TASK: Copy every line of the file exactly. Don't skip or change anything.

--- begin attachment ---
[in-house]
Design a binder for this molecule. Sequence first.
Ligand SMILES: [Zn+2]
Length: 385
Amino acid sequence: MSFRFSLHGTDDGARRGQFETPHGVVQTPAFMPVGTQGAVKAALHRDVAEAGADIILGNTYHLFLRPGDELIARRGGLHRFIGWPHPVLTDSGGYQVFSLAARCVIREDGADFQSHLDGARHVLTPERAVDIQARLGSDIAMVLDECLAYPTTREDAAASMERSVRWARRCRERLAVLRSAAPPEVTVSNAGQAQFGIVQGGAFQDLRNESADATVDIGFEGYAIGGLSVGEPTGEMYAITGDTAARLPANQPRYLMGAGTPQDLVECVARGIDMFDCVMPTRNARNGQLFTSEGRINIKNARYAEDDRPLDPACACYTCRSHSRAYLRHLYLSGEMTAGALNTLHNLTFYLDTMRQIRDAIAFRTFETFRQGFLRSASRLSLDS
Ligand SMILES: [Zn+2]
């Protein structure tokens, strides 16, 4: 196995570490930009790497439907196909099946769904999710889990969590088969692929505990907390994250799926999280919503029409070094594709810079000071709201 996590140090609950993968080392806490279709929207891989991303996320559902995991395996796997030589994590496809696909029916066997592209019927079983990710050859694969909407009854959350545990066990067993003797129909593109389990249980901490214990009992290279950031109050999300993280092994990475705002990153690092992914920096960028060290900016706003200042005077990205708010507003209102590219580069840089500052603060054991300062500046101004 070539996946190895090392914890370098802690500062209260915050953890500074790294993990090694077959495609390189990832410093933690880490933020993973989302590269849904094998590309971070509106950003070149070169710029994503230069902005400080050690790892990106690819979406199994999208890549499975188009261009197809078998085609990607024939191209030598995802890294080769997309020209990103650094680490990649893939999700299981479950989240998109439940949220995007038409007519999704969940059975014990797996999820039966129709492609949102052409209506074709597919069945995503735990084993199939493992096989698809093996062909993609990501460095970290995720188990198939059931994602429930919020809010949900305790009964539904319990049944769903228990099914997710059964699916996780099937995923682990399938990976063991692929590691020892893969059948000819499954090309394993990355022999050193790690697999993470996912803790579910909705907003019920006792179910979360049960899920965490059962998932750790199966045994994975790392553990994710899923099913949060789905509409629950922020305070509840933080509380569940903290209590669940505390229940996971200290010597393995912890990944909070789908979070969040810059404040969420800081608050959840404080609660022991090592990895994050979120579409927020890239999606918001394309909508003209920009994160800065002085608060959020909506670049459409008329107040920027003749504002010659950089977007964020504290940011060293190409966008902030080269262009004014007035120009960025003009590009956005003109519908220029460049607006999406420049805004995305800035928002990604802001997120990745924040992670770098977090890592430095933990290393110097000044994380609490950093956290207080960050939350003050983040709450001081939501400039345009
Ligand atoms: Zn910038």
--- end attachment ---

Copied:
[in-house]
Design a binder for this molecule. Sequence first.
Ligand SMILES: [Zn+2]
Length: 385
Amino acid sequence: MSFRFSLHGTDDGARRGQFETPHGVVQTPAFMPVGTQGAVKAALHRDVAEAGADIILGNTYHLFLRPGDELIARRGGLHRFIGWPHPVLTDSGGYQVFSLAARCVIREDGADFQSHLDGARHVLTPERAVDIQARLGSDIAMVLDECLAYPTTREDAAASMERSVRWARRCRERLAVLRSAAPPEVTVSNAGQAQFGIVQGGAFQDLRNESADATVDIGFEGYAIGGLSVGEPTGEMYAITGDTAARLPANQPRYLMGAGTPQDLVECVARGIDMFDCVMPTRNARNGQLFTSEGRINIKNARYAEDDRPLDPACACYTCRSHSRAYLRHLYLSGEMTAGALNTLHNLTFYLDTMRQIRDAIAFRTFETFRQGFLRSASRLSLDS
Ligand SMILES: [Zn+2]
């Protein structure tokens, strides 16, 4: 196995570490930009790497439907196909099946769904999710889990969590088969692929505990907390994250799926999280919503029409070094594709810079000071709201 996590140090609950993968080392806490279709929207891989991303996320559902995991395996796997030589994590496809696909029916066997592209019927079983990710050859694969909407009854959350545990066990067993003797129909593109389990249980901490214990009992290279950031109050999300993280092994990475705002990153690092992914920096960028060290900016706003200042005077990205708010507003209102590219580069840089500052603060054991300062500046101004 070539996946190895090392914890370098802690500062209260915050953890500074790294993990090694077959495609390189990832410093933690880490933020993973989302590269849904094998590309971070509106950003070149070169710029994503230069902005400080050690790892990106690819979406199994999208890549499975188009261009197809078998085609990607024939191209030598995802890294080769997309020209990103650094680490990649893939999700299981479950989240998109439940949220995007038409007519999704969940059975014990797996999820039966129709492609949102052409209506074709597919069945995503735990084993199939493992096989698809093996062909993609990501460095970290995720188990198939059931994602429930919020809010949900305790009964539904319990049944769903228990099914997710059964699916996780099937995923682990399938990976063991692929590691020892893969059948000819499954090309394993990355022999050193790690697999993470996912803790579910909705907003019920006792179910979360049960899920965490059962998932750790199966045994994975790392553990994710899923099913949060789905509409629950922020305070509840933080509380569940903290209590669940505390229940996971200290010597393995912890990944909070789908979070969040810059404040969420800081608050959840404080609660022991090592990895994050979120579409927020890239999606918001394309909508003209920009994160800065002085608060959020909506670049459409008329107040920027003749504002010659950089977007964020504290940011060293190409966008902030080269262009004014007035120009960025003009590009956005003109519908220029460049607006999406420049805004995305800035928002990604802001997120990745924040992670770098977090890592430095933990290393110097000044994380609490950093956290207080960050939350003050983040709450001081939501400039345009
Ligand atoms: Zn910038």